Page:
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Listing Versus Plowing

Listing Versus Plowing image
Parent Issue
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OCR Text

Experience and observatiou in corrheastern Nebraska learl a correspondent of Fnrm, Field and Fireside to the follovvfag statements: Where we have a light sandy and a heavy clay soil right ín the same neigbborhood and often upon the same farm I believe that it pays best to list the light land, while for the heavy land I would say plow the gronnd good and plant with a check row planter, and as soon as plantod barrow good to kill any weeds that may have started since plowing, and then harrow once or twice more before the oorn is large enough to cnltivate. This harrowing serves a doublé purpose, that of retaining the rooisture near the surface, which insnres a more perfect germination of the seed, and that of preventing the land from baking, which so of ten occurs upon clay land. I also keep the weeds in check nntil the corn is large enongh to allow a good job of cultivating being done the first time over the field. Being able to cultívate the field both ways, it is not a very difficnlt matter to keep a field of corn reasonably clear of weeds, and upon such laud the increased yield over listing will be enough to well repay one for all the extra labor it requires. It also leaves the land in a much better condition ior the nest year's erop. For ligbfc land listing seems to have the advantage. It saves a considerable amount of labor, thereby enabling one to handle a much larger area of corn than when the laúd has to be plowed before it is planted. And the disadvantages of listing are not as objectionable upon sandy land as upon olay. As sandy land will not wash as easily as clay, it is not as Hable to be damaged by heavy rains, and there are no clods to roll in upou the corn to damage it. Some persons advocate listing stubble land in the fall and then splitting the ridges with the lister when ready to plant. This gives a more thorough stirring of the soil and gives better results, especially wbeie heavy land is listed. I do not believe that continual listing year after year upou heavy land will prove as profitableasplowing. I believe that such land uaeds a good, deep and tborough plowiug at least once every two years, and as I believe in rotation of crops I think it is best to sow the land to sorue small grain erop each year that it is not plowed; henee I have not much use for the lister upon clay land.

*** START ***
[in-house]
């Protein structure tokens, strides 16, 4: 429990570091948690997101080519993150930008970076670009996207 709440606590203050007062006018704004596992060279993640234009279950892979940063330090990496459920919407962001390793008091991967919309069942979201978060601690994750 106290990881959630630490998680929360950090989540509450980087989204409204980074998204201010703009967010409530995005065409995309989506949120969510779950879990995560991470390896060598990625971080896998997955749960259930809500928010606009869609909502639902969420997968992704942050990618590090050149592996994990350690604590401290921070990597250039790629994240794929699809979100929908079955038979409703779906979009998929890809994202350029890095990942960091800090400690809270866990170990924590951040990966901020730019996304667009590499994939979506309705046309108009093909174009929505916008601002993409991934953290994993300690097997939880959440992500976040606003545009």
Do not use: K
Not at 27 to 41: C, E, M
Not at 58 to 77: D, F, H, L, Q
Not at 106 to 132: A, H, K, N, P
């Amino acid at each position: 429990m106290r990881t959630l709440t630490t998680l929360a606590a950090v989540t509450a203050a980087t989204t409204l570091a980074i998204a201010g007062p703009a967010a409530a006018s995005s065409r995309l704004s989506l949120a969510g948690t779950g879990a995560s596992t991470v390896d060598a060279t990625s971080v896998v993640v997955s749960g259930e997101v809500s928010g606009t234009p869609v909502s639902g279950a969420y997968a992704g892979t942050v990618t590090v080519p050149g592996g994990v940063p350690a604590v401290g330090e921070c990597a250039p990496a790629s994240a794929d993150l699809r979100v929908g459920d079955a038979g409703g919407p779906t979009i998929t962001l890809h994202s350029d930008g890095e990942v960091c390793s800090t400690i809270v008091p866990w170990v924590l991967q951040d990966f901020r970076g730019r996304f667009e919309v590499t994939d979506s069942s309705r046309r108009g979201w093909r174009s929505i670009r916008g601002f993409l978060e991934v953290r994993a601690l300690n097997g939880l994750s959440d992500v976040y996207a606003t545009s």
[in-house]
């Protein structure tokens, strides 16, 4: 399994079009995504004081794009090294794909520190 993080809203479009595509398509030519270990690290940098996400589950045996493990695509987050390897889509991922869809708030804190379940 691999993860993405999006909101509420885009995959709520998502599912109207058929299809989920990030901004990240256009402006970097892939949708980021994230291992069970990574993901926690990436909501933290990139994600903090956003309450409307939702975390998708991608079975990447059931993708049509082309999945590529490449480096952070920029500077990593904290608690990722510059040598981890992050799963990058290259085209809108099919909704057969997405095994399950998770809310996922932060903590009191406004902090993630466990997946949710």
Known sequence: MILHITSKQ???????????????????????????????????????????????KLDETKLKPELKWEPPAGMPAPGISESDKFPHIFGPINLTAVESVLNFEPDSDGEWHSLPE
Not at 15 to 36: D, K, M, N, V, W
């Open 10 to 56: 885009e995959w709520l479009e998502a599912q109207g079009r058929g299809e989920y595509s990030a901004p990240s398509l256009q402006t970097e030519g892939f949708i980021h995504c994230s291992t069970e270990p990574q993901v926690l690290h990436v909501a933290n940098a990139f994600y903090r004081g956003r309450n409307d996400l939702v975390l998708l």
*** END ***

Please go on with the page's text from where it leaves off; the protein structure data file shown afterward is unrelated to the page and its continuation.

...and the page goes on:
Ann Arbor Argus
Old News